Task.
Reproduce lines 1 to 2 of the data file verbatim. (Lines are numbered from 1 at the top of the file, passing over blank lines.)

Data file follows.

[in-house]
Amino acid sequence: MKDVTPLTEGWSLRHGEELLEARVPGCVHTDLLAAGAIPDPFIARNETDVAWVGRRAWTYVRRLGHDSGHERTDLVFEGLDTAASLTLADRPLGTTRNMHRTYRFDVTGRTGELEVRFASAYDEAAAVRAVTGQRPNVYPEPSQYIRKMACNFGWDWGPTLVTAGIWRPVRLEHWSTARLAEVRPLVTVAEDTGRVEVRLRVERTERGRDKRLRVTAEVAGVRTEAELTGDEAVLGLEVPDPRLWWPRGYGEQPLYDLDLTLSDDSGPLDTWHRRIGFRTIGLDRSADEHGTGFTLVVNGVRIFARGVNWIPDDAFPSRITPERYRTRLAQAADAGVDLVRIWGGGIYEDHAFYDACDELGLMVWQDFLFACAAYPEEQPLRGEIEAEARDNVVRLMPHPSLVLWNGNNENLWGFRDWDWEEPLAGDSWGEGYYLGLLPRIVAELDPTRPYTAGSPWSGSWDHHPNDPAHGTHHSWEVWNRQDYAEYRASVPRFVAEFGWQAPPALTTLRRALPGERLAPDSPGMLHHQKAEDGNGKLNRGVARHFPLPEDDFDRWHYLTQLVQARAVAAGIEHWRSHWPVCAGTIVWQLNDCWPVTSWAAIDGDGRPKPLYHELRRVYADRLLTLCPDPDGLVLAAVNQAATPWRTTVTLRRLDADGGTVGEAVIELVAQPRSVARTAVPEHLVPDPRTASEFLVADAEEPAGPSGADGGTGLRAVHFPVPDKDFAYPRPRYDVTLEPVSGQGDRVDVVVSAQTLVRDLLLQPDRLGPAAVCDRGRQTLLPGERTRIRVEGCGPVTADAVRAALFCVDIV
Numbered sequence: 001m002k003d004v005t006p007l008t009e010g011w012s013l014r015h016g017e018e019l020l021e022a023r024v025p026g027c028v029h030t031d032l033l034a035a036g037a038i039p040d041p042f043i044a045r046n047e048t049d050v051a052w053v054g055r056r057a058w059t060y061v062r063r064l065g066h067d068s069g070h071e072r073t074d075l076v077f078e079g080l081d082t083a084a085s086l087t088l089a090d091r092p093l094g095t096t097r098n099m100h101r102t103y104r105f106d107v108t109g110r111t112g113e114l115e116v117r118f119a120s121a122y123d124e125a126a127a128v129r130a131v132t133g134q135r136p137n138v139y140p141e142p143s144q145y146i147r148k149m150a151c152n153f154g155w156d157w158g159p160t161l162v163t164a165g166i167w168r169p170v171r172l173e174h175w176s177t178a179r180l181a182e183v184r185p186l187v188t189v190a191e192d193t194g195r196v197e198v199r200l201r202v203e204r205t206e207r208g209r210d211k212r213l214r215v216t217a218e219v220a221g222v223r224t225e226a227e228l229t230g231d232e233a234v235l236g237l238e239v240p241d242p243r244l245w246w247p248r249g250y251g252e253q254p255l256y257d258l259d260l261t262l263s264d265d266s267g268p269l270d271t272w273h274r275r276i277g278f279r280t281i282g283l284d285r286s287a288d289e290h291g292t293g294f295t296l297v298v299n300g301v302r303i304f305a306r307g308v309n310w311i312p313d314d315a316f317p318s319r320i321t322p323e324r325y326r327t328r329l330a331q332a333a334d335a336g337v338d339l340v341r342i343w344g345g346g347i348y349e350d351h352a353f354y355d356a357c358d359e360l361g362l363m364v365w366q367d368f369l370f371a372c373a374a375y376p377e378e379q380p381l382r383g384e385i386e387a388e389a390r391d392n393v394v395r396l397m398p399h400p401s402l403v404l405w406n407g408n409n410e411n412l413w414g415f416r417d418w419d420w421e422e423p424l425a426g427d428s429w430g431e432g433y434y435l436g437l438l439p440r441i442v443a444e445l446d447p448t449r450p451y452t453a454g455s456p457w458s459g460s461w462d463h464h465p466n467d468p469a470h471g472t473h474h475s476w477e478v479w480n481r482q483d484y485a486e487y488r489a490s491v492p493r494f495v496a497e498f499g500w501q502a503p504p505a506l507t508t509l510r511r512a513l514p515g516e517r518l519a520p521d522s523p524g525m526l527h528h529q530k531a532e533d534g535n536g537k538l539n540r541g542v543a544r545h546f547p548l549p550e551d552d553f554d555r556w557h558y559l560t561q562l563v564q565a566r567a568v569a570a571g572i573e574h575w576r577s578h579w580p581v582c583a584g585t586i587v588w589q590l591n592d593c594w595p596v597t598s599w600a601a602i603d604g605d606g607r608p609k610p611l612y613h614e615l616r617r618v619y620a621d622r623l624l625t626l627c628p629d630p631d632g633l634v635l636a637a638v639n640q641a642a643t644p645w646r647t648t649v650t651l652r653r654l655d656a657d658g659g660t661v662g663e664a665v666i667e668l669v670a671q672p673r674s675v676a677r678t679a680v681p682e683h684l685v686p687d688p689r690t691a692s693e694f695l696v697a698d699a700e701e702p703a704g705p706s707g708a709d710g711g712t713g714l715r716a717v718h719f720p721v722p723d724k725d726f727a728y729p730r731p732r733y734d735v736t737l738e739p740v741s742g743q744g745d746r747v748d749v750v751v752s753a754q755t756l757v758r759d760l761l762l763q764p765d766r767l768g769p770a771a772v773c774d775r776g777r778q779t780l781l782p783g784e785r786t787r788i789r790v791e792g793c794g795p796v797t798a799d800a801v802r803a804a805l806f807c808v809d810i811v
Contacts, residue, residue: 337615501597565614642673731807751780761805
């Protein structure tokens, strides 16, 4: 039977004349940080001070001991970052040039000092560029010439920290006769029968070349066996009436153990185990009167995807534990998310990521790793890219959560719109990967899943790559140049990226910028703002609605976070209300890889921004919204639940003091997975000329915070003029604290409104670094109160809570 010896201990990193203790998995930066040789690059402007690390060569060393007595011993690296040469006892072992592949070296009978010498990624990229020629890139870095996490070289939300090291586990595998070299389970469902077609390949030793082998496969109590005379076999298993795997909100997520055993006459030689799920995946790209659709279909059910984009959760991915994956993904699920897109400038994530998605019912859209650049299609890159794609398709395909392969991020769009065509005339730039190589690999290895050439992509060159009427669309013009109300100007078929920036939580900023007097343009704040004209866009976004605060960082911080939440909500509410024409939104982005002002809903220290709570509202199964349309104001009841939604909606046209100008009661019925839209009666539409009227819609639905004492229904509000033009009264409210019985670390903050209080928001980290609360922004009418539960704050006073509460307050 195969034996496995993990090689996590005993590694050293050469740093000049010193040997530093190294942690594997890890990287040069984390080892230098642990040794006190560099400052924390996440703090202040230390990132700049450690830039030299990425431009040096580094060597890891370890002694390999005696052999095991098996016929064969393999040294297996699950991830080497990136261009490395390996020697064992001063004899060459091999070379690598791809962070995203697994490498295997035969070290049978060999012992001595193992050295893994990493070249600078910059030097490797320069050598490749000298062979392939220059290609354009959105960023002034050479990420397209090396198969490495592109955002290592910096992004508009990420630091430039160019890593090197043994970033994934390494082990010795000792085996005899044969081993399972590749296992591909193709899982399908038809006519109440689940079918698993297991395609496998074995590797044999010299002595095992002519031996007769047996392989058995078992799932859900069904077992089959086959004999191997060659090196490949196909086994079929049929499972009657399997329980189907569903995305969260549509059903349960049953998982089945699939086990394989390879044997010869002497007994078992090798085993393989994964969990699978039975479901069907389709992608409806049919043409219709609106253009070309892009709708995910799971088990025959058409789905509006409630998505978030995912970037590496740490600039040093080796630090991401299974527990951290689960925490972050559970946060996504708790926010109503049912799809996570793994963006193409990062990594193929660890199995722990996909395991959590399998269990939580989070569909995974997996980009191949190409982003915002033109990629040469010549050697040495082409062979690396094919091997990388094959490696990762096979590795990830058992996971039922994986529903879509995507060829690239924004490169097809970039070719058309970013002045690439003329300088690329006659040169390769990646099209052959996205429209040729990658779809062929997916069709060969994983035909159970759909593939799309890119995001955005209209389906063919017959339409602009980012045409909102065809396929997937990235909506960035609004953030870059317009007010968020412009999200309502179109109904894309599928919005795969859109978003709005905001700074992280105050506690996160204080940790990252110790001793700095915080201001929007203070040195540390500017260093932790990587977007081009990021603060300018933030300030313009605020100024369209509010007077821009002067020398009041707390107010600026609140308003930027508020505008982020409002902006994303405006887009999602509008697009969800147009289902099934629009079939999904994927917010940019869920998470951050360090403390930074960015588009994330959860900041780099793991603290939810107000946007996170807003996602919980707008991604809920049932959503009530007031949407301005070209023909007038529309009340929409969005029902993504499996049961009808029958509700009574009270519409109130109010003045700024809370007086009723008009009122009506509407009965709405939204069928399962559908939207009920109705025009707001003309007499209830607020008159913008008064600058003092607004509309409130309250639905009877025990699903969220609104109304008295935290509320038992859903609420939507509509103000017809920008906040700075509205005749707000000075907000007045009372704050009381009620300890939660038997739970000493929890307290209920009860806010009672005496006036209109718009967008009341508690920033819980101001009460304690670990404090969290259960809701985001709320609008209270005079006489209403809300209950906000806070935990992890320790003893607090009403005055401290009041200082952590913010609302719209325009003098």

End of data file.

[in-house]
Amino acid sequence: MKDVTPLTEGWSLRHGEELLEARVPGCVHTDLLAAGAIPDPFIARNETDVAWVGRRAWTYVRRLGHDSGHERTDLVFEGLDTAASLTLADRPLGTTRNMHRTYRFDVTGRTGELEVRFASAYDEAAAVRAVTGQRPNVYPEPSQYIRKMACNFGWDWGPTLVTAGIWRPVRLEHWSTARLAEVRPLVTVAEDTGRVEVRLRVERTERGRDKRLRVTAEVAGVRTEAELTGDEAVLGLEVPDPRLWWPRGYGEQPLYDLDLTLSDDSGPLDTWHRRIGFRTIGLDRSADEHGTGFTLVVNGVRIFARGVNWIPDDAFPSRITPERYRTRLAQAADAGVDLVRIWGGGIYEDHAFYDACDELGLMVWQDFLFACAAYPEEQPLRGEIEAEARDNVVRLMPHPSLVLWNGNNENLWGFRDWDWEEPLAGDSWGEGYYLGLLPRIVAELDPTRPYTAGSPWSGSWDHHPNDPAHGTHHSWEVWNRQDYAEYRASVPRFVAEFGWQAPPALTTLRRALPGERLAPDSPGMLHHQKAEDGNGKLNRGVARHFPLPEDDFDRWHYLTQLVQARAVAAGIEHWRSHWPVCAGTIVWQLNDCWPVTSWAAIDGDGRPKPLYHELRRVYADRLLTLCPDPDGLVLAAVNQAATPWRTTVTLRRLDADGGTVGEAVIELVAQPRSVARTAVPEHLVPDPRTASEFLVADAEEPAGPSGADGGTGLRAVHFPVPDKDFAYPRPRYDVTLEPVSGQGDRVDVVVSAQTLVRDLLLQPDRLGPAAVCDRGRQTLLPGERTRIRVEGCGPVTADAVRAALFCVDIV